After two years of economic meltdown, EU heads of state at a summit in Brussels have agreed to a set of key areas to focus on as the economic bloc moves from recovery to sustained growth.
EU heads of state have laid out goals for the next decade
At a European Union summit in Brussels, the leaders of the 27 member countries have laid out a plan to improve economic policy coordination and bring more jobs and growth to the entire EU.
Earlier, the EU Commission published a communication titled 'Europe 2020: a strategy for smart, sustainable and inclusive growth,' which the Council discussed on Friday, the second day of a two-day summit.
The EU has agreed to push for more women in the workplace
The leaders agreed on several key elements, including a target of 75 percent employment for men and women aged 20 to 64, combined public and private investment into research development of three percent of each country's gross domestic product, increasing the proportion of EU citizens with college degrees or higher, decreasing the number of school dropouts and coordinating efforts to reduce poverty.
According to the Spanish Equality Minister Bibiana Aido, whose country currently holds the rotating EU presidency, male employment is currently 76 percent in the EU, while only 63 percent of women work.
German Chancellor Angela Merkel had fought against the inclusion of poverty reduction in the agreement, saying ahead of the summit that such social policy measures should be taken up by the individual states. But EU Commission President Jose Manuel Barroso and EU Council President Herman Van Rompuy have both pushed for an EU-wide poverty reduction goal.
Creating environmentally sustainable growth
The statement released after the summit also pushed for a greater emphasis on renewable energy and the efficient use of energy as part of the economic plan for Europe. The text reiterates the EU's '20-20-20' plan from 2007, which calls for a reduction of greenhouse gas emissions by 20 percent compared to 1990 levels, increasing the proportion of renewable energy to 20 percent of all energy sources, and a 20 percent increase in energy efficiency, all by the year 2020.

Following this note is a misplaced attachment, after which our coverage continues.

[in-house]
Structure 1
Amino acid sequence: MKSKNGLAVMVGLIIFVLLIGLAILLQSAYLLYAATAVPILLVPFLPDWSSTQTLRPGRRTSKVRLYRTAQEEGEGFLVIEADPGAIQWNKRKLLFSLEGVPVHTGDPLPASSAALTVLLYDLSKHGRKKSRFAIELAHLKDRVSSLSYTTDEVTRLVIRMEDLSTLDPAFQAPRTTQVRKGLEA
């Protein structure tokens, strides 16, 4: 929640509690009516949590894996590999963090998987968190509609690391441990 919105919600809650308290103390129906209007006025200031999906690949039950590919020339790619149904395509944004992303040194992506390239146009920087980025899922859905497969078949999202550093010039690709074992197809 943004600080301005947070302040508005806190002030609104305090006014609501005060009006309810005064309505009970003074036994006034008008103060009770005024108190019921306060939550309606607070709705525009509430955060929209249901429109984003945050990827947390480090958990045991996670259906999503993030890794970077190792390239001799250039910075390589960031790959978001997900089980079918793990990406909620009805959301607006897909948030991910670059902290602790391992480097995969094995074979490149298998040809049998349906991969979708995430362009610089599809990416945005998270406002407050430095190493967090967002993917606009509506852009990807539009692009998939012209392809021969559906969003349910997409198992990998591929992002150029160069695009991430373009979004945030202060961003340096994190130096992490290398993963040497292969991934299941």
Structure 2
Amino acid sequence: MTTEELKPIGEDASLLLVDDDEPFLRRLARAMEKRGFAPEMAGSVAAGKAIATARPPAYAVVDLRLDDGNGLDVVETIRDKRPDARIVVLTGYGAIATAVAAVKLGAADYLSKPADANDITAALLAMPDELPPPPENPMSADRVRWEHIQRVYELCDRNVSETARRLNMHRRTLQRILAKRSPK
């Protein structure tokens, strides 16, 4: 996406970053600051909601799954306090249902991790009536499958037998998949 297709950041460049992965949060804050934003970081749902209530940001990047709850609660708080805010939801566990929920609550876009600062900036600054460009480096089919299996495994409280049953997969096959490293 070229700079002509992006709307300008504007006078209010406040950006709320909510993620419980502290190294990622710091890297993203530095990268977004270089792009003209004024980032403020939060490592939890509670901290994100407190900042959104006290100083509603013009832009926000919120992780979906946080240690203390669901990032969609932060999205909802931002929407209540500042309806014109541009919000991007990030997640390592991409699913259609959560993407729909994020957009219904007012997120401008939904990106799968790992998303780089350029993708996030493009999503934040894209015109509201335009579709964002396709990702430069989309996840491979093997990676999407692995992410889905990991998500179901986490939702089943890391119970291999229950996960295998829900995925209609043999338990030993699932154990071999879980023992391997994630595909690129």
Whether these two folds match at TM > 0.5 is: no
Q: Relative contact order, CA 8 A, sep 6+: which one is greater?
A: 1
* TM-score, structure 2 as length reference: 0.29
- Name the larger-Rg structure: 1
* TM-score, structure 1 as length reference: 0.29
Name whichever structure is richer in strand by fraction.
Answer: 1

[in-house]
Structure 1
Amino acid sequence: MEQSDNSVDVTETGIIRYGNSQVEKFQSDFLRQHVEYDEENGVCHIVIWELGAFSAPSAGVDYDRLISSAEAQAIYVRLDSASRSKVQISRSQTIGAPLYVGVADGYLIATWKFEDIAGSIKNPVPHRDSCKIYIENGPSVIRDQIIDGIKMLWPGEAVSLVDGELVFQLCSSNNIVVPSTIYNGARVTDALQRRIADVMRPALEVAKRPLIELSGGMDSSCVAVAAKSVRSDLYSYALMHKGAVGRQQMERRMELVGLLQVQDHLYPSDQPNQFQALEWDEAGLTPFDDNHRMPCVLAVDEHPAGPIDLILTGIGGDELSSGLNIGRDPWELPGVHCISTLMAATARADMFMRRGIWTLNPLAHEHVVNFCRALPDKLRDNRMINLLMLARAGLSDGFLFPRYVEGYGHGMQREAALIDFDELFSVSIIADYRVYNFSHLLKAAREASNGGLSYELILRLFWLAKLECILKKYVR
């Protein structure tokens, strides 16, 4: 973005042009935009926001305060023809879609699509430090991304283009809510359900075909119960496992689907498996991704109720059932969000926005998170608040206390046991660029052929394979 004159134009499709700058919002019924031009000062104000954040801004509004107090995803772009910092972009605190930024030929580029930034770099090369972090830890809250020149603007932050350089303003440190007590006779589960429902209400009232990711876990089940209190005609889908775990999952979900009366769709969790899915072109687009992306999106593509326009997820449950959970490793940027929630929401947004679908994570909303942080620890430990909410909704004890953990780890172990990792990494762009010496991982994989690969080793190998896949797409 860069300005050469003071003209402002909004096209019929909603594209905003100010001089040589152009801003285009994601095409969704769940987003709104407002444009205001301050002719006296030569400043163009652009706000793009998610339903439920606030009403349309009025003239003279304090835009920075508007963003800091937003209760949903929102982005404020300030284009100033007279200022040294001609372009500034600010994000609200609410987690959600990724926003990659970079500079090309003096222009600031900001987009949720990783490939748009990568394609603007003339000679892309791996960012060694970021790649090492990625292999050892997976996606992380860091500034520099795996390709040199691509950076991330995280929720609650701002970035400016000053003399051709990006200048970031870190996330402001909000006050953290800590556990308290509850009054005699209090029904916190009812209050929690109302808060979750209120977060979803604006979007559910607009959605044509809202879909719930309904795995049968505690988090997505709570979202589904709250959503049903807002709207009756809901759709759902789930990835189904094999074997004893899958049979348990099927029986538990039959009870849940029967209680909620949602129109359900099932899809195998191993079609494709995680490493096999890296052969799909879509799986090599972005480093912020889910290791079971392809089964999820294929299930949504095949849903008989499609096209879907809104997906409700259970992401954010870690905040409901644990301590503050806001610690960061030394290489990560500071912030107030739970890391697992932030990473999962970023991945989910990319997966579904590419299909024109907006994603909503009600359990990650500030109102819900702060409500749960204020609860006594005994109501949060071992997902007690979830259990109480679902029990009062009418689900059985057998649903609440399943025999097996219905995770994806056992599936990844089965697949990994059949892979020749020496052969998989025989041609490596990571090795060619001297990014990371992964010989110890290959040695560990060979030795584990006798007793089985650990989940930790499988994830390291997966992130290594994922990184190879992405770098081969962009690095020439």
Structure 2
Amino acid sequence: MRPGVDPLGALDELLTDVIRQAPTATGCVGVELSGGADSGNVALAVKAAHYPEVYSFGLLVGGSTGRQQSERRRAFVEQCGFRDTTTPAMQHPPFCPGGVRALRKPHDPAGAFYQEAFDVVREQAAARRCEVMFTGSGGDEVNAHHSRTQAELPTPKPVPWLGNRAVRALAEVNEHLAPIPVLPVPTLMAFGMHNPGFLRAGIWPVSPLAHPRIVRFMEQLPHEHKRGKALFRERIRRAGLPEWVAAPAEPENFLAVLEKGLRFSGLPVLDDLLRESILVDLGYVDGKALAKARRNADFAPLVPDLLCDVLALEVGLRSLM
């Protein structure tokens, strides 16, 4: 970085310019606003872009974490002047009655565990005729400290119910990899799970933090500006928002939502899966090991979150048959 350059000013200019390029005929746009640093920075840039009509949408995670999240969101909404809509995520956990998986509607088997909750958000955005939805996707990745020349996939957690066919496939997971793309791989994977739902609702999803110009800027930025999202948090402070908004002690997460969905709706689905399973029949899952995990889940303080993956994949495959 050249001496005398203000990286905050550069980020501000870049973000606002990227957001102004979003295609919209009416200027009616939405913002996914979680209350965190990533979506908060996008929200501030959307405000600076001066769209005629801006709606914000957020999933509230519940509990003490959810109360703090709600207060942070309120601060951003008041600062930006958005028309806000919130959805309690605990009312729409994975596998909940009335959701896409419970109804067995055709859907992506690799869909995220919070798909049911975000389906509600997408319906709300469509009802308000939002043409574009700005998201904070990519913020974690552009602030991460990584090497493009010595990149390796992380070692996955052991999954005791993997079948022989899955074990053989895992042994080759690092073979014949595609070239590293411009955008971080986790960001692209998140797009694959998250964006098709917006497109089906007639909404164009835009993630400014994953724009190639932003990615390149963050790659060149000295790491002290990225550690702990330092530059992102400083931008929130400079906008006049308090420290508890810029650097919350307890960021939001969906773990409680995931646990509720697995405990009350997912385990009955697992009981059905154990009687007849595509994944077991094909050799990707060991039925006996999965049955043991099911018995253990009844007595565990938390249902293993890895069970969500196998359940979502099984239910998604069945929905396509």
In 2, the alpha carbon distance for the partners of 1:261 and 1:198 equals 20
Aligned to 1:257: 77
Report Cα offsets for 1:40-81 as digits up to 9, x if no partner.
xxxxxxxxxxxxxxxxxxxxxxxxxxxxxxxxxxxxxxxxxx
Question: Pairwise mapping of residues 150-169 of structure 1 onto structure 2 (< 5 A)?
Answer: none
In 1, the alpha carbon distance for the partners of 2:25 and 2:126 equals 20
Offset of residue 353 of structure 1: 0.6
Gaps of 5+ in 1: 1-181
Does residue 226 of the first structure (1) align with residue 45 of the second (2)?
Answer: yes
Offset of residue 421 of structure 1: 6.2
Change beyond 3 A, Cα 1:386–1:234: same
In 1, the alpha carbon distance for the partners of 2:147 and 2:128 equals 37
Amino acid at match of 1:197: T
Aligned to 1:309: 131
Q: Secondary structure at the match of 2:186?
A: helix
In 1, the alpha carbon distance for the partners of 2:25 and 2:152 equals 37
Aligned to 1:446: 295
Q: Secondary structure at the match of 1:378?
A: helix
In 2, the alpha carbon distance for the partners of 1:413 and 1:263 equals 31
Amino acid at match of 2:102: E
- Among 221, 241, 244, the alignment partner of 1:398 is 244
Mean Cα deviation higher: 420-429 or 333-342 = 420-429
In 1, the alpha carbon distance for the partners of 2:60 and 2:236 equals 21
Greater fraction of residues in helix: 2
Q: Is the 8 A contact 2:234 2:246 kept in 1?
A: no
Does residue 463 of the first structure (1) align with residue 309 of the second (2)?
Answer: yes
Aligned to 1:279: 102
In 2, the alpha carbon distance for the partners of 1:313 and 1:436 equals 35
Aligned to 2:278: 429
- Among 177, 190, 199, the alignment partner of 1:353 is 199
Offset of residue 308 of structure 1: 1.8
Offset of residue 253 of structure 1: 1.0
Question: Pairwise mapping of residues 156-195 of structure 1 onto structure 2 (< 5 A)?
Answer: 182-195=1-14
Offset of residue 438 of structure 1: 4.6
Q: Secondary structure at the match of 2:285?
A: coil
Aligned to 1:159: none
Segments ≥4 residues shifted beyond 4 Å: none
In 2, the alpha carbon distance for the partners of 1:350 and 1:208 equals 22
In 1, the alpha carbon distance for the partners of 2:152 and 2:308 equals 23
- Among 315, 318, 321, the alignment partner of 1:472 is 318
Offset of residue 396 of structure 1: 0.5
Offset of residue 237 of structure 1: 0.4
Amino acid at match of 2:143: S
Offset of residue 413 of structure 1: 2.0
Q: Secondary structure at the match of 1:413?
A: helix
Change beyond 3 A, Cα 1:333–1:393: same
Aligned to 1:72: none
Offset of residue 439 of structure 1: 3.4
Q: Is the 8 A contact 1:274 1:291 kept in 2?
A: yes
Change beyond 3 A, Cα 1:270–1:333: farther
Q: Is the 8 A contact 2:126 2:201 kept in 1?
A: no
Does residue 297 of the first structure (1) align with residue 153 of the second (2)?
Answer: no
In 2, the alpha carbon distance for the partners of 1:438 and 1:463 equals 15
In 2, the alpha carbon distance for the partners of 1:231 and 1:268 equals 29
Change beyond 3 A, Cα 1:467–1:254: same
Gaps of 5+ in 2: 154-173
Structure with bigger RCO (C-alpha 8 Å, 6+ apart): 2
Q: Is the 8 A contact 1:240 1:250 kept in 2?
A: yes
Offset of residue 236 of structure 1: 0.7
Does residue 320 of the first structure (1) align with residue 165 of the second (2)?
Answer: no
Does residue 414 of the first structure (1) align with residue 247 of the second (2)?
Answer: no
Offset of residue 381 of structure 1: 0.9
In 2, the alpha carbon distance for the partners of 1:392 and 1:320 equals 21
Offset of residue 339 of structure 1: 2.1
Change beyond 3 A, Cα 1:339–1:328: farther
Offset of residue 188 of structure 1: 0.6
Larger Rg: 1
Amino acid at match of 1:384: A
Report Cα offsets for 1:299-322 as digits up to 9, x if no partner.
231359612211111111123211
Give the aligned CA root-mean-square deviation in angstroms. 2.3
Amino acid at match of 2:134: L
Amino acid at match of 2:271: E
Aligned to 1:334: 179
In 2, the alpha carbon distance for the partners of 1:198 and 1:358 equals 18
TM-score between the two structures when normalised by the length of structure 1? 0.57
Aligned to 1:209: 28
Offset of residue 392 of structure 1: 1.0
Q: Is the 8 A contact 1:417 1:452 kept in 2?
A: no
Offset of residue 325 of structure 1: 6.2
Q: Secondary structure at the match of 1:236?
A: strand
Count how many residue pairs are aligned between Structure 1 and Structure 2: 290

The EU is sticking to its 20-20-20 energy goals
The EU leaders also agreed to an approach to the next major United Nations climate talks in Cancun, Mexico later this year, following the failed talks in Copenhagen last December.
"It is now necessary to bring a new dynamic to the international negotiation process," the leaders said in their agreement.
There was a marked lack of optimism in their goals for Cancun. The leaders said the next meeting "should at least provide concrete decisions anchoring the Copenhagen Accord to the UN negotiating process and address remaining gaps," the statement said.
Further emissions cuts still possible
The final agreement also said the EU was "committed to [taking] a decisive step to a 30 percent reduction (in greenhouse gases) by 2020 … provided that other developed countries commit themselves to comparable emissions reductions and that developing countries contribute adequately according to their responsibilities and respective capabilities."
That wording is very close to the original statement from 2007, but it almost didn't make it into Friday's agreement. An earlier version of that goal was eliminated over protests from Italy and Cyprus. It was then reinstated with the conditional language requiring other developed countries to make similar cuts.
After the Copenhagen talks, in which wealthy countries failed to promise 30 percent cuts, some EU nations have said the EU could put more pressure on other world powers if they went ahead and adopted the 30-percent target now. The countries that supported this plan included Sweden and Great Britain.
Distracted by the Greek crisis
These new strategy elements are set to be formally adopted in June. The Europe: 2020 talks were almost sidelined by the ongoing debt crisis in Greece, which took up the entire first day of the meeting.
But a pre-summit meeting between Merkel and French President Nicolas Sarkozy led the way to an aid deal for Greece combining loans from euro-zone countries and the International Monetary Fund, if Greece is not able to raise the necessary money on its own.
Editor: Ben Knight